Walmart Shoplifters Wield Baby as a Weapon
Frozen armadillos and dead weasels are weapons. Sex toys can also be weapons. But babies? Babies are not weapons. Not unless you're trying to kill someone with the stench of a dirty diaper.
Megan Kelley and Jodie Willis were unaware of this fact, finding themselves arrested and charged with robbery and child neglect over the weekend. The duo was allegedly in the process of stealing cosmetics from a Florida Walmart when confronted by security guards.
Instead of giving it up, they attacked.
With a baby.
That baby belongs to Megan Kelley and was strapped into a carrier and placed in a shopping cart, reports the Orlando Sentinel. When first approached, the women allegedly pushed that cart into the security guards. But when that didn't work, Jodie Willis grabbed the carrier.
Willis "violently" swung the baby at the guards, according to the police report. The baby was "perpendicular to the ground" such that guards felt that she was going to fall out.
Kelley then grabbed her daughter and fled, reports My Fox Orlando. Willis stayed behind to kick a security guard and punch him in the face.
Ordinarily, this incident would have been charged as a misdemeanor retail theft. But since the women involved a baby, the charges had to be enhanced. The child neglect accusations are an obvious result, but the robbery charges? Those are more interesting.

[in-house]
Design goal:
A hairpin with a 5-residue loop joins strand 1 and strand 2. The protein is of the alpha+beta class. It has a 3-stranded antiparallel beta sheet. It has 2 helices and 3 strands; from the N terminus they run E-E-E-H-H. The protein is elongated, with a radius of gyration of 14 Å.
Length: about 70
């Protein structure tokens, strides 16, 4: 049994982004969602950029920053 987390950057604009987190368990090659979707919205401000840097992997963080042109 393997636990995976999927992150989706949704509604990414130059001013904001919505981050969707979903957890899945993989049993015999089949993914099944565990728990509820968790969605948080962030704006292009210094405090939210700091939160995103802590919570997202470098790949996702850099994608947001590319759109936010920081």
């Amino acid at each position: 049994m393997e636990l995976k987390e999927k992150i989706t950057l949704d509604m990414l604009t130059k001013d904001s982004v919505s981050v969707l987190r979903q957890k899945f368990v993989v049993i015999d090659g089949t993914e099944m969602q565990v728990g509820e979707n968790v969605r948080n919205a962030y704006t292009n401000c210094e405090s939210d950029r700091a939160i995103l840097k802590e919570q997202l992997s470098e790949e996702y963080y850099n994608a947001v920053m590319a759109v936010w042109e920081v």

Retail theft is upgraded to robbery when a suspect uses "force, violence, assault, or putting in fear" to carry out the theft. Between the shopping cart showdown, swinging baby, and physical attack, there's little question that the alleged crime meets this definition.
But there is a question of whether Megan Kelley and Jodie Willis are charged with a first or second degree felony. The difference between the two is whether the offenders used a weapon. Legally speaking, is a baby a weapon?
- Shoplifting mother 'swung her baby at security guards to get away' (Daily Mail)
- Robbery (FindLaw)
- Florida Woman Assaults Girlfriend with 'Female Sex Toy' (FindLaw's Legally Weird)
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